Lessons Learned From the Harmon Hotel
In light of Giatec Scientific’s recent visit to Las Vegas for the World of Concrete 2015 trade show, we would like to take a closer look into the current and future infrastructure of the city. Aside from the infamous partying and gambling, Las Vegas is also well known for incredible infrastructures, in particularly the architecture of some of the largest hotels in the world. The city’s population increased by over 95% between the mid-1980s and mid-1990s, and is still continuously growing at an exponential rate. With a population explosion such as this, the city must support the change and constantly update its infrastructure through repairs and new projects.
The Harmon Hotel, owned by MGM mirage, and designed by Foster & Partners, was discovered to have major infrastructural flaws in 2008; over two years after the project broke ground. By 2009, it was thought that the hotel could be partially redesigned and was still set to open in time; however, in 2015 we know this to have failed as its demolition is underway. Due to its location In the city center, the break apart of the building must be done piece by piece, and will cost at least $11 million USD. The tower itself is estimated to have cost around $275 million USD and made zero dollars in profit. When completely demolished, the location of the building will leave an odd gap within the city center, but there is no doubt that a new project will be underway soon after.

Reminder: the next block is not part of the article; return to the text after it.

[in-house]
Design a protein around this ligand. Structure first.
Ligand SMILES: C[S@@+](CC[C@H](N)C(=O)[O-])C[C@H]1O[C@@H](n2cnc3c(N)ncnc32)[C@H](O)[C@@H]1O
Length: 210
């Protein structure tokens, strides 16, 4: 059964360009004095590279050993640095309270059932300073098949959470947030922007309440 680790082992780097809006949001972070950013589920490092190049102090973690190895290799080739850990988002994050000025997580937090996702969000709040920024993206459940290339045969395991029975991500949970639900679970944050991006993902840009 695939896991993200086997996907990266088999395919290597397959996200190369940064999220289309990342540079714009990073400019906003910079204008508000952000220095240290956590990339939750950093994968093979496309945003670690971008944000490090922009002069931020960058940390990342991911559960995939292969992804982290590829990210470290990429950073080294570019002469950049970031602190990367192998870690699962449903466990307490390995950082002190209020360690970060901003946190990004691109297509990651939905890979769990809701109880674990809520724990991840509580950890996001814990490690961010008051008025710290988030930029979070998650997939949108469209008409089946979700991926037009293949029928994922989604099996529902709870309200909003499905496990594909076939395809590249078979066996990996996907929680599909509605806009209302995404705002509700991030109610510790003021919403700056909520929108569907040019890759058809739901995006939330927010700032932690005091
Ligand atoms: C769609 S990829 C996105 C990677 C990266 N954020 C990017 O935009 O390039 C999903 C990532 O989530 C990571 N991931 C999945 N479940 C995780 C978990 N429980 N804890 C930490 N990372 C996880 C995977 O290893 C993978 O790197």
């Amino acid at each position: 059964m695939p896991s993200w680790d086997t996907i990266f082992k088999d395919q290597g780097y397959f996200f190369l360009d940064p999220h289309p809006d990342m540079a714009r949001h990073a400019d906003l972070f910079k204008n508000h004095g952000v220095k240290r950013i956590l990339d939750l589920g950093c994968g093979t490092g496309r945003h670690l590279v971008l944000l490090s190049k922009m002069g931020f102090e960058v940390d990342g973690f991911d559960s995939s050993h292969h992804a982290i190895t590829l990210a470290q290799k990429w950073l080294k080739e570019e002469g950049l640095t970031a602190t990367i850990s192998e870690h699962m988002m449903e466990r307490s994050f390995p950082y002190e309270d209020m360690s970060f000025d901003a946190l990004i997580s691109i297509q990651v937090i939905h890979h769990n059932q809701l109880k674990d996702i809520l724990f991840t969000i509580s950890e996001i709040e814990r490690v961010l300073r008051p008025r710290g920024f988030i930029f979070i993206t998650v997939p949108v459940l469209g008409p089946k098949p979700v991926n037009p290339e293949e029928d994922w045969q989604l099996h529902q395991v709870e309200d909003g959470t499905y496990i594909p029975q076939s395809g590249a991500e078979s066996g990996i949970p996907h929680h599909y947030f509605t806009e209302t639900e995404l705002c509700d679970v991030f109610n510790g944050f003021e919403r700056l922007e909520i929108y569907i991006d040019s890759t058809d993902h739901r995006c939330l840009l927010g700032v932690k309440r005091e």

What Went Wrong?
There have been many parties pointing fingers at each other in the hopes of taking pressure of themselves, but it seems that one party cannot be held accountable for the entire project. The problem originated when reinforced steel was improperly installed on 15 floors by Pacific Coast Steel. An error such as this should have been discovered by an inspection firm, however, county inspectors did not catch the mistake and Converse Consultants released false verifications. The Consulting firm is responsible for falsifying over 60 daily reports between the months of March and July of 2008, affirming the proper installation of the steel bars. Defects were eventually detected in July 2008 by the project’s structural engineer.
Sustainability is Key
In the concrete industry, a lot can be learned by the mistakes made during the design and construction of the Harmon hotel. The use of smart technologies for the design of extravagant buildings is escalating in importance. As architects create new ideas for projects that require innovation, the testing equipment must accommodate this. Giatec Scientific, Canada’s only smart concrete testing technologies company has designed and manufactured many devices to test electrical resistivity, chloride permeability and corrosion to name a few. The company is continuing to innovate, with a new product called the iCor being released to the public market by the end of this year, introducing corrosion detection technology that for the first time ever, does not need a connection to the rebar. Hopefully, the next big construction project undertaken in Las Vegas will use devices like Giatec’s to guarantee sustainability, durability and most importantly safety.